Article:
# Electrostatic field

Discussion in 'Electronic Design' started by [email protected], Dec 26, 2006.

1. ### Guest

Hi,
As you know there is an electrical field around each electrostatic
charge. I know how to create an electrostatic field. But I have problem
by creating a "variable electrostatic field". Can you give me a guide?

2. ### Dirk Bruere at NeoPaxGuest

Vary the voltage of what's generating the field

Dirk

3. ### Guy MaconGuest

Use AC (alternating current) if you want a varying electmagnetic field.

Use DC (direct current) if don't want it to vary.

4. ### Tom BruhnsGuest

"Variable" and "static" are mutually exclusive, or a bit more
accurately, "varying" and "static" are mutually exclusive. You can
change an electrostatic field by changing the distribution of charges
which creates the field, and also by changing the dielectric (e.g., by
replacing some portion of the dielectric with a dielectric with a
different permittivity) which contains the field, but when the field is
changing, it is no longer static.

Consider, if you will, two flat metal plates, parellel to one another,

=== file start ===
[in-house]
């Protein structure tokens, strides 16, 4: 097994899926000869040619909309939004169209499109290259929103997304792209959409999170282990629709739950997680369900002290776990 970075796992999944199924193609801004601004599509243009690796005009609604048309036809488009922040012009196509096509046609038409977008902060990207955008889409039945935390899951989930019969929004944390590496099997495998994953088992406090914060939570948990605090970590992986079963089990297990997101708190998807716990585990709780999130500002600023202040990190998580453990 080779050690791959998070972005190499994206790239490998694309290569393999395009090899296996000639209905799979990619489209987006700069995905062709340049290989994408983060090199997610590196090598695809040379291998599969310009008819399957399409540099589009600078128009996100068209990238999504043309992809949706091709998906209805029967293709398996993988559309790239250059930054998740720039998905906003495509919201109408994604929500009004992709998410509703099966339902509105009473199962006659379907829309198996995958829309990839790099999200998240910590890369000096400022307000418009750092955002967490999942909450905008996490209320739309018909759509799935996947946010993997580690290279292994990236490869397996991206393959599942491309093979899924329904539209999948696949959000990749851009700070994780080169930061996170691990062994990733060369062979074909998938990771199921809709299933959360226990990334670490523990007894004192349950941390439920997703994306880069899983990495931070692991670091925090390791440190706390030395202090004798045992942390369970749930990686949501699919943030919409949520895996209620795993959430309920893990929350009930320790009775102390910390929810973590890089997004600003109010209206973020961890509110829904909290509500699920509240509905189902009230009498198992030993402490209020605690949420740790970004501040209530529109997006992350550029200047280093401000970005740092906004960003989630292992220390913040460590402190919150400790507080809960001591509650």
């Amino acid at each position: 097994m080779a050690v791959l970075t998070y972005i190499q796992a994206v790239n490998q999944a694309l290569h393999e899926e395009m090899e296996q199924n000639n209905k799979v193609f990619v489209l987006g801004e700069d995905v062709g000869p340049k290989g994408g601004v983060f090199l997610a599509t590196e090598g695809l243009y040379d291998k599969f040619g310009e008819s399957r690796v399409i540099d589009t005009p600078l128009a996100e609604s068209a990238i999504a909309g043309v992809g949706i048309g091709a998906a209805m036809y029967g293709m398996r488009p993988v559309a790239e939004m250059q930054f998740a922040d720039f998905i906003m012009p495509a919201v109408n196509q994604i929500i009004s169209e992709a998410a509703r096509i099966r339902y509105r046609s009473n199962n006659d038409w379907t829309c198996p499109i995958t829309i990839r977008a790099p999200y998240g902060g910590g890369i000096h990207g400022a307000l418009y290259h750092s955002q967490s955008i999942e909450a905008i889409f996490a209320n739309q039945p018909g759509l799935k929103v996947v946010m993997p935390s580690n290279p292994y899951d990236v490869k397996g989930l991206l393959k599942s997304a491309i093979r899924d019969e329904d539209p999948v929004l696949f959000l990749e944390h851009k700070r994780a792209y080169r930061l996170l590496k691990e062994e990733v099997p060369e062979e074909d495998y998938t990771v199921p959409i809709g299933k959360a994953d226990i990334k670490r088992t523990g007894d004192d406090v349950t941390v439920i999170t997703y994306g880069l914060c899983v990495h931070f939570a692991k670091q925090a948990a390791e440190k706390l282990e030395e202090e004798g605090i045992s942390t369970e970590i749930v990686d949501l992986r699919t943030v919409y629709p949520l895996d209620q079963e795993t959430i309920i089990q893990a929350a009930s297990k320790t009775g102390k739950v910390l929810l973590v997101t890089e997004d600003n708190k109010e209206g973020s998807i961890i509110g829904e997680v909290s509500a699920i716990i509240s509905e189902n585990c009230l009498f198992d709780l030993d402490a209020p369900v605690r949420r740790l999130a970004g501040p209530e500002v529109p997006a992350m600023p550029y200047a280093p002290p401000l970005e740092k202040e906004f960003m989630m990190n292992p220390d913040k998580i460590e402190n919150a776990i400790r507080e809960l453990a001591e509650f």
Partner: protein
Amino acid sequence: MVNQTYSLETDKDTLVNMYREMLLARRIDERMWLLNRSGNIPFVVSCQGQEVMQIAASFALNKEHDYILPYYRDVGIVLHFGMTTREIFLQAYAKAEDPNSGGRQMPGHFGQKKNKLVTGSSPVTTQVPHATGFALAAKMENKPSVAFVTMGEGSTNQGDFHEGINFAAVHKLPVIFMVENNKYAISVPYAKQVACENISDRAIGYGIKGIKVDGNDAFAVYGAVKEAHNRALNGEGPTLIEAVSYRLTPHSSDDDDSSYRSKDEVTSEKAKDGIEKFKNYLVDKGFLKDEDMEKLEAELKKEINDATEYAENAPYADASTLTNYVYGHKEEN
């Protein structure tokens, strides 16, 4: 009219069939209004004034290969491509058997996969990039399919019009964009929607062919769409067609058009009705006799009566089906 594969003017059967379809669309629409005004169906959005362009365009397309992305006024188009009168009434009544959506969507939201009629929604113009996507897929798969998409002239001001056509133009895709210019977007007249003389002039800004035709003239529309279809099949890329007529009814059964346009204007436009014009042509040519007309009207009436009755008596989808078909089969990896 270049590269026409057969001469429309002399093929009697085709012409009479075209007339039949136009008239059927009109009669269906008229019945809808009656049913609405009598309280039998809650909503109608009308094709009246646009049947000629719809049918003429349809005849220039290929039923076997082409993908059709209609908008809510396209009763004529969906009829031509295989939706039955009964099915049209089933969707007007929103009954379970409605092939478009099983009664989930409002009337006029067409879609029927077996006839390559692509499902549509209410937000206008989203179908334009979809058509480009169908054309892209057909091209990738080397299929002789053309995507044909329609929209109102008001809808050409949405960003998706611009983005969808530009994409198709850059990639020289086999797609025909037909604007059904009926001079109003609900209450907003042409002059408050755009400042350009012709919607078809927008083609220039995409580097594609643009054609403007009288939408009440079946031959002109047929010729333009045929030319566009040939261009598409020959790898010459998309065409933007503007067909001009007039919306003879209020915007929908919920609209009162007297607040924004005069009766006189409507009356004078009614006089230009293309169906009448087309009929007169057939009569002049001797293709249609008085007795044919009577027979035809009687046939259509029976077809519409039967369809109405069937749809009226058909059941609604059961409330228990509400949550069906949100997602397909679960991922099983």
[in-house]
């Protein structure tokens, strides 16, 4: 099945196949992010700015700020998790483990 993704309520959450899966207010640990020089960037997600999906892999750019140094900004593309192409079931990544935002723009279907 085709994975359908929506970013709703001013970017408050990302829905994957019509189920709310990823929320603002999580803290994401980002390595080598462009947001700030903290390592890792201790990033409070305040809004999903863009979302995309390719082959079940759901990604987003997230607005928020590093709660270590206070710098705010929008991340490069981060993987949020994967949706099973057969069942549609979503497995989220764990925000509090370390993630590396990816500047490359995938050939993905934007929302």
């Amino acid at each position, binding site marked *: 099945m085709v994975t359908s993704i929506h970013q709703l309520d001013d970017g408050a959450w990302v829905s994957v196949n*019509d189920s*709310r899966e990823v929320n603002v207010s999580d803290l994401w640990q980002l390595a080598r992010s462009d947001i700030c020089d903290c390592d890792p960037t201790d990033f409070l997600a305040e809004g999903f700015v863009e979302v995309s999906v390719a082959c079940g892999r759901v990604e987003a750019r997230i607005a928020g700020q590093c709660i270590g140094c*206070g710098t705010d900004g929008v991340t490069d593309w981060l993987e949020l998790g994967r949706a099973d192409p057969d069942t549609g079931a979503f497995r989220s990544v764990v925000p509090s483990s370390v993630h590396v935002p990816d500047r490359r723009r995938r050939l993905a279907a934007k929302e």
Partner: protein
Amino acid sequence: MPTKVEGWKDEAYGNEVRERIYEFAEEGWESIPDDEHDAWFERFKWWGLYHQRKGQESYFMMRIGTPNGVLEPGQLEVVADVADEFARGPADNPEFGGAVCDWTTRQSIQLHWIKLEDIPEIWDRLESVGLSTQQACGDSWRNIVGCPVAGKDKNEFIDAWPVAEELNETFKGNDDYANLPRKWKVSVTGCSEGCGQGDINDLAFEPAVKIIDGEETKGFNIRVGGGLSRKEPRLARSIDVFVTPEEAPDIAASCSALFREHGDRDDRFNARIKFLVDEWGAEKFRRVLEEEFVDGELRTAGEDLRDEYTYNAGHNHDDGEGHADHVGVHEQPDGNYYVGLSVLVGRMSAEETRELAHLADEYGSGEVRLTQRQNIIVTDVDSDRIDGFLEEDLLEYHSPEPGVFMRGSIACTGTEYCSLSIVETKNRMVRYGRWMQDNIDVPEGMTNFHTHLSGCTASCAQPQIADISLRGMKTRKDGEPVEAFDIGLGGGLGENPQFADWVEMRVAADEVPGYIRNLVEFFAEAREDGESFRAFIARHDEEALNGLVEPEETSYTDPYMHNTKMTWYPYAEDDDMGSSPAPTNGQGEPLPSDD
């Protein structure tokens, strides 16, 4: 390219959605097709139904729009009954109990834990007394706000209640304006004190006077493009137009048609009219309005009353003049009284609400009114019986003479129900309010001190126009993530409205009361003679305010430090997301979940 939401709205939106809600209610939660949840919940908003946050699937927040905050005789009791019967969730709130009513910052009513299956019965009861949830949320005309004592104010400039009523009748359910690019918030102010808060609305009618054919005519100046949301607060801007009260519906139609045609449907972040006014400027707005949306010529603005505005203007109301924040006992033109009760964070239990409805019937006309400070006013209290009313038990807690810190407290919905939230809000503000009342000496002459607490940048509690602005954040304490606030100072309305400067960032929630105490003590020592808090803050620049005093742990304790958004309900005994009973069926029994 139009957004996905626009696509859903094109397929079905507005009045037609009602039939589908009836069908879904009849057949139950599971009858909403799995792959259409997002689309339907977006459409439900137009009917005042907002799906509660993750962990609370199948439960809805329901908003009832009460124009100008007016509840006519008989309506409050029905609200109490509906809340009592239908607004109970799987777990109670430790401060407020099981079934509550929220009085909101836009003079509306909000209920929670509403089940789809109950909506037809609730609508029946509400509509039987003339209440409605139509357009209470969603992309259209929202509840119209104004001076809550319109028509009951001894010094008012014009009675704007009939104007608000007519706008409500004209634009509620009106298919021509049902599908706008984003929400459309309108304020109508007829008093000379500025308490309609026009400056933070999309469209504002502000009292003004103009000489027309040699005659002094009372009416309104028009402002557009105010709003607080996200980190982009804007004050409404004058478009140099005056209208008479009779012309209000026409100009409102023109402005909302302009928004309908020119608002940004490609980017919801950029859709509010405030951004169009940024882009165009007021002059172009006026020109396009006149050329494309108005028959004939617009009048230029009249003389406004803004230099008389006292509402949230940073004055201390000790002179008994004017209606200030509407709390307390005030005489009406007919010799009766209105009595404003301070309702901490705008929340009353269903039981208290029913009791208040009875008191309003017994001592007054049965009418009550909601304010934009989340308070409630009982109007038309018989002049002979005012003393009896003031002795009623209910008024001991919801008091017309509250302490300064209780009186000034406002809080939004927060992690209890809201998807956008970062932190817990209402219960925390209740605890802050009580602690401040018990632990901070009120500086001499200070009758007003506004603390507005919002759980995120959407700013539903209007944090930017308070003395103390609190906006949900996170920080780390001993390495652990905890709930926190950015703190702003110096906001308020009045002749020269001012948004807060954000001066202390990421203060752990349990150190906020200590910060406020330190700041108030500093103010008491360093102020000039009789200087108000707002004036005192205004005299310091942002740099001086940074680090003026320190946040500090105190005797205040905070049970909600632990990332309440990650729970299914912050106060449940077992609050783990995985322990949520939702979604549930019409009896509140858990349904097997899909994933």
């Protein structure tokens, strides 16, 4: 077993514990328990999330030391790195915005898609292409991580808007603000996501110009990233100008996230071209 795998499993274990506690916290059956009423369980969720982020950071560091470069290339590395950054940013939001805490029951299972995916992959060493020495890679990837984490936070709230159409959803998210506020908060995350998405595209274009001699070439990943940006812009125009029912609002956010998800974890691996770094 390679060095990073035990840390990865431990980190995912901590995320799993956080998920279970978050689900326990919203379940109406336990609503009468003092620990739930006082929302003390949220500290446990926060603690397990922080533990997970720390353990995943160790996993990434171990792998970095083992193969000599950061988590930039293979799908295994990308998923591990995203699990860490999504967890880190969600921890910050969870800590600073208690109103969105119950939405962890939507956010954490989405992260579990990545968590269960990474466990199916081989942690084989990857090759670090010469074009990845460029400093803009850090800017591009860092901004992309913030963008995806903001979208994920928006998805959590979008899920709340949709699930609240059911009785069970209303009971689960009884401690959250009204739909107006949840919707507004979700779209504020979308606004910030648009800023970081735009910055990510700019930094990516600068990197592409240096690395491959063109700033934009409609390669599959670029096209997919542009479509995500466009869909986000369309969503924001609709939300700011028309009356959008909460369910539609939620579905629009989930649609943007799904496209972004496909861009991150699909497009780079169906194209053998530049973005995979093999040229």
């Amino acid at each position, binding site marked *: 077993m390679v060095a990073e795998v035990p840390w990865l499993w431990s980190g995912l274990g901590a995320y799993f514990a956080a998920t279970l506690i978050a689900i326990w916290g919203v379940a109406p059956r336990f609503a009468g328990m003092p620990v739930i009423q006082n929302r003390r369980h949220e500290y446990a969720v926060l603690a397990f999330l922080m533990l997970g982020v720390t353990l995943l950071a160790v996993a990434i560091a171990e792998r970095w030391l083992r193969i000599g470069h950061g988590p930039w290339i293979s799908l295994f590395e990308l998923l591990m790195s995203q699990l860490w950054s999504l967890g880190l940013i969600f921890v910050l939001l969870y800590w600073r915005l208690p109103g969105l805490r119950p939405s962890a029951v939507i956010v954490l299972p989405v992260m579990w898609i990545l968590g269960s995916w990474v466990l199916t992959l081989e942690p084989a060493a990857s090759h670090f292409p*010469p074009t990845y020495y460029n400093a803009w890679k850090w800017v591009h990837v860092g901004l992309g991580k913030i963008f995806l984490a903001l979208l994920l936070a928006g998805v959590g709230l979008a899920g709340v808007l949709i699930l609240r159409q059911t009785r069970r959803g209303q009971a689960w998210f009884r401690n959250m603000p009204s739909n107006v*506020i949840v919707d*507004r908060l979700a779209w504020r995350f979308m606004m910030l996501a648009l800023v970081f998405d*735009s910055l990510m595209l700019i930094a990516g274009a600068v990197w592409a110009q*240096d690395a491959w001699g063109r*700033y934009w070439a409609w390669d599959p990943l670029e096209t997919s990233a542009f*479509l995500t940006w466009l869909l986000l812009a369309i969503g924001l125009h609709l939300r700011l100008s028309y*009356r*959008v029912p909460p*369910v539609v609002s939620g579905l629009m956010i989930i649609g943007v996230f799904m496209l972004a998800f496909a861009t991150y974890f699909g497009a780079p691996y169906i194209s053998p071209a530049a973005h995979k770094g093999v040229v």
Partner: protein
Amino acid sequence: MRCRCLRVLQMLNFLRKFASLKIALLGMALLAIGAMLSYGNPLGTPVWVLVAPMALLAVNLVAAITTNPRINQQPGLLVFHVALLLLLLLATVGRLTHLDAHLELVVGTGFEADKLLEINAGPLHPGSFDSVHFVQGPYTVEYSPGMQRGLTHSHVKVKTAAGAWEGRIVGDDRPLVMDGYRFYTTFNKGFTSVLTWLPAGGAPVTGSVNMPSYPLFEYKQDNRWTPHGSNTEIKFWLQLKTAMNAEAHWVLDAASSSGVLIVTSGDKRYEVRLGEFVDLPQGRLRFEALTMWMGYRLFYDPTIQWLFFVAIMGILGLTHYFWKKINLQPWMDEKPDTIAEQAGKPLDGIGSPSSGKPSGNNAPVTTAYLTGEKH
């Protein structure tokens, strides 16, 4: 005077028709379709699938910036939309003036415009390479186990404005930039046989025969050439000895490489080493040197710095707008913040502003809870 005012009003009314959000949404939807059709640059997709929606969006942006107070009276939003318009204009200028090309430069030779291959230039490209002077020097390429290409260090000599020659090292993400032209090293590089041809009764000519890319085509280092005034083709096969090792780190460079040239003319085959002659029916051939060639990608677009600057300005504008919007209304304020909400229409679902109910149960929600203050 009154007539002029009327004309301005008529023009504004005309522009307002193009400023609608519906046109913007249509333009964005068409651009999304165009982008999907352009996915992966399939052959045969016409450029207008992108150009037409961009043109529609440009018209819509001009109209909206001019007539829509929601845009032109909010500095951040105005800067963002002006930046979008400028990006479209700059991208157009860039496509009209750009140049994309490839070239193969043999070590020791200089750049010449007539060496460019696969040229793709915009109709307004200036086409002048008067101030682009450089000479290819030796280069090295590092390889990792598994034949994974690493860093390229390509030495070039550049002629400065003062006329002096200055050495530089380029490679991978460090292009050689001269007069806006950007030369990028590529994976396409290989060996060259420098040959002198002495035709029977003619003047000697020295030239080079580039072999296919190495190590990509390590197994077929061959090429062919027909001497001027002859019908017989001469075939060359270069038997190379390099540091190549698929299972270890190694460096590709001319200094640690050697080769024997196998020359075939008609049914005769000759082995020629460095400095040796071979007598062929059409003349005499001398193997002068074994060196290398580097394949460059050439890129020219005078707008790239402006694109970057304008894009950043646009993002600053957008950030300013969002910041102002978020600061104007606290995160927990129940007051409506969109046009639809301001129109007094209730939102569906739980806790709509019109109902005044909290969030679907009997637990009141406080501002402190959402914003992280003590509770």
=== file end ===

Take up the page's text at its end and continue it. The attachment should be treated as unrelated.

and separated by a short distance, with air (or a vacuum) between the
plates. Remove charge from one plate and put it on the other. You now
have a charged capacitor, with an electrostatic field which is most
intense, and reasonably uniform, between the plates. Now pull the
plates further apart, or allow them to come closer together. By moving
the charged plates, you will change the field between the plates (and
the field in the surrounding area). The charges will also redistribute
themselves on the plates at the same time. But the motion of the
plates and the charges on the plates represent currents, which create
magnetic fields, so during the time that the charges are moving, the
fields are not only electric, but magnetic as well.

Cheers,
Tom